Kentucky Teachers Train Like Marines at Parris Island

By: Daniel Kemp Email
By: Daniel Kemp Email

For one week, Kentucky teachers became the students, as recruits of the United States Marine Corps.

Around 40 educators from across the state got the chance to experience life as a Marine recruit at the Parris Island Recruit Depot, in South Carolina.

It was all part of the Marine Corps Educators Workshop.

The mission was this--take the teachers to Parris Island, give them an opportunity to form their own opinions of recruit training and get a better understanding of how Marines are made.

"No one comes down here to fail. Everyone comes down here to be a United States Marine," explained Col. Jeff Peterson, chief of staff at the Parris Island Recruit Depot.

"These youngsters did not join the Marine Corps to be wallflowers," he added. "They joined the Marine Corps for excitement, for adventure, to be a part of something they could be proud of."

It's the beginning of a recruits life at Parris Island.

"It's a harsh environment, but it's a quality environment where youngsters learn and grow," Col. Peterson said.

But for four days, these school teachers from across the state will get a taste of what recruits face each and every day.

"In reality there's three choices for a child to go to after high school and that's work, college or the military," said Ray Austin, a teacher at Madisonville North Hopkins High School.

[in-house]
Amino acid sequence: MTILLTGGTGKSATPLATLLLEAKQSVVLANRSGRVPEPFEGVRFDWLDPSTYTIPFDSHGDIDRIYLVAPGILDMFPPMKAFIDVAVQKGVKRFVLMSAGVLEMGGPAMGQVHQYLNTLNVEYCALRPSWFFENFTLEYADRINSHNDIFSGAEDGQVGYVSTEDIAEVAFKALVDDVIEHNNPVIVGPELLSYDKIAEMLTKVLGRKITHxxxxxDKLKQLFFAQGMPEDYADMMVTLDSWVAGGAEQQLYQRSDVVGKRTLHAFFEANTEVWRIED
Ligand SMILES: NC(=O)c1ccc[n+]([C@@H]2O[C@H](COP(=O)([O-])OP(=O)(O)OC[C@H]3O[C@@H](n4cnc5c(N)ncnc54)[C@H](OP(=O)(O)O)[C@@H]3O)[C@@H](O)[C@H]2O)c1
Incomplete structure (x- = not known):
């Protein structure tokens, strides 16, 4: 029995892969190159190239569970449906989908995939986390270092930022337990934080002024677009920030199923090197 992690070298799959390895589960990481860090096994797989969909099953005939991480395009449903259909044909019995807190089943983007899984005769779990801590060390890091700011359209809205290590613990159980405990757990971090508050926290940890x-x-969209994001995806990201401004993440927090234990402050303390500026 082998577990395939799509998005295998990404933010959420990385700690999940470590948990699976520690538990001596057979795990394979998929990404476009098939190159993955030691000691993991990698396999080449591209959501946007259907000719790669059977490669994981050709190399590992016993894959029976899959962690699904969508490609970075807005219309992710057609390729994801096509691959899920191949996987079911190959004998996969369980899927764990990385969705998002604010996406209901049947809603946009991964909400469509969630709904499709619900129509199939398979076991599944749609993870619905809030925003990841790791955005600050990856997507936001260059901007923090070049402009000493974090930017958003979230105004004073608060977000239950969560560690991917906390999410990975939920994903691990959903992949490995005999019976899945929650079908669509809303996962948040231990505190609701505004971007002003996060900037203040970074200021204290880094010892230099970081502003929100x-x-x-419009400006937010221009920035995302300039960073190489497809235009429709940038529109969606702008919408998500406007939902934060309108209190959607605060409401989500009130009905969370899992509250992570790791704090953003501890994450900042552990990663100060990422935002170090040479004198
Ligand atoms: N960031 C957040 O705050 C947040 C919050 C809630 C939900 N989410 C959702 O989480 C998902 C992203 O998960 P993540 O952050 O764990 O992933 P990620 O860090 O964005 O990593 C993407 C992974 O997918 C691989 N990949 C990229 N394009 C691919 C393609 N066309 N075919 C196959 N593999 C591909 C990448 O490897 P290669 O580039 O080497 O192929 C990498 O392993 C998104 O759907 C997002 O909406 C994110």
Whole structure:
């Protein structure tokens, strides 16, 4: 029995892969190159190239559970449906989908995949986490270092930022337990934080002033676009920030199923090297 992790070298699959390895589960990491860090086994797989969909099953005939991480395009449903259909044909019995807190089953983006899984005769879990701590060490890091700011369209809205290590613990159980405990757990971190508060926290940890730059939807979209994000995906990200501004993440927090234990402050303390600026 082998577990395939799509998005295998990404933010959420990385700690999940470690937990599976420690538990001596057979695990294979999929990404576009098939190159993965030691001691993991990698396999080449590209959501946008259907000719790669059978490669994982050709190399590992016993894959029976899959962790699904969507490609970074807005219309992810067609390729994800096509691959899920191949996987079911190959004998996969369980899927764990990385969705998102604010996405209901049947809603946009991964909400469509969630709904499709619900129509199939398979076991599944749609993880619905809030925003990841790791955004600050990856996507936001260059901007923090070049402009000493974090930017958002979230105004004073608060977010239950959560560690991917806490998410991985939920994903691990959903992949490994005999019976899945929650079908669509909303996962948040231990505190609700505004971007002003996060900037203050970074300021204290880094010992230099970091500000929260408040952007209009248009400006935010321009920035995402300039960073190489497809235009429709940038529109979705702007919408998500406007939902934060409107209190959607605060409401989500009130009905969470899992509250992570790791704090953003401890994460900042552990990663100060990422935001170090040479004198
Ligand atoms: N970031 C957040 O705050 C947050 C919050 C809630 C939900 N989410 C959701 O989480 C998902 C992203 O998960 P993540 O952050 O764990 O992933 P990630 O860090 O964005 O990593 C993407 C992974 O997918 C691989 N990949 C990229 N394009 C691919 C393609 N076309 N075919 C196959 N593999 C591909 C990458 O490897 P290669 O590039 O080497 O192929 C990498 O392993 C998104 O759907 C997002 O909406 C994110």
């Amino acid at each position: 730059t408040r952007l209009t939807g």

"The students I work with are probably not going to go to college. They need to have an opportunity to have someone come back and help them determine where they want to go and what they need to be doing," added Pete Phelan, a Hopkins County school teacher.

"We're not asking the teachers to be recruiters for the Marine Corps," Col. Peterson added. "We're simply asking them to come down so they can be informed on the opportunity."

It's a chance given to educators...

"To witness what the Marines do, to see what recruits go through and to see what opportunities they have," Phelan said.

And to experience all facets of training--from combat, to a recruits daily life.

"It's been life-changing," assured Mistie Bell, a Marine recruit from Princeton, Ky. "It's very eye-opening. It's tough, but it's instilling discipline and self-respect. It's been a positive experience."

Bell arrived on the island December 8th.

"It was actually a spur of the moment thing," she said. "I graduated from Murray State with a nursing major and I decided I didn't want to do that. So I decided to join the military."

At Parris Island, the educators got hands-on, firing M-16s and completing obstacle courses recruits train on everyday.

"It's been a wonderful experience--getting up in the mornings, getting on the bus, getting yelled at," Austin assured.

"This place here has reinforced the idea that I need to help my children decide it'd be a good idea to seek a military vocation," Phelan added.

It's a new appreciation for what so many knew so little about, as former recruits are able to begin their lives as United States Marines.

"When they first get down here, they don't want to be here. Yes, they want to go home, but they leave here knowing that they're leaving something behind that was a major milestone in their life," Col. Peterson said.

The Educators Workshop is an annual event at both the Parris Island Recruit Depot, as well as Camp Pendleton in San Diego, California.

As for Recruit Mistie Bell, she's expected to graduate from Parris Island on Friday.


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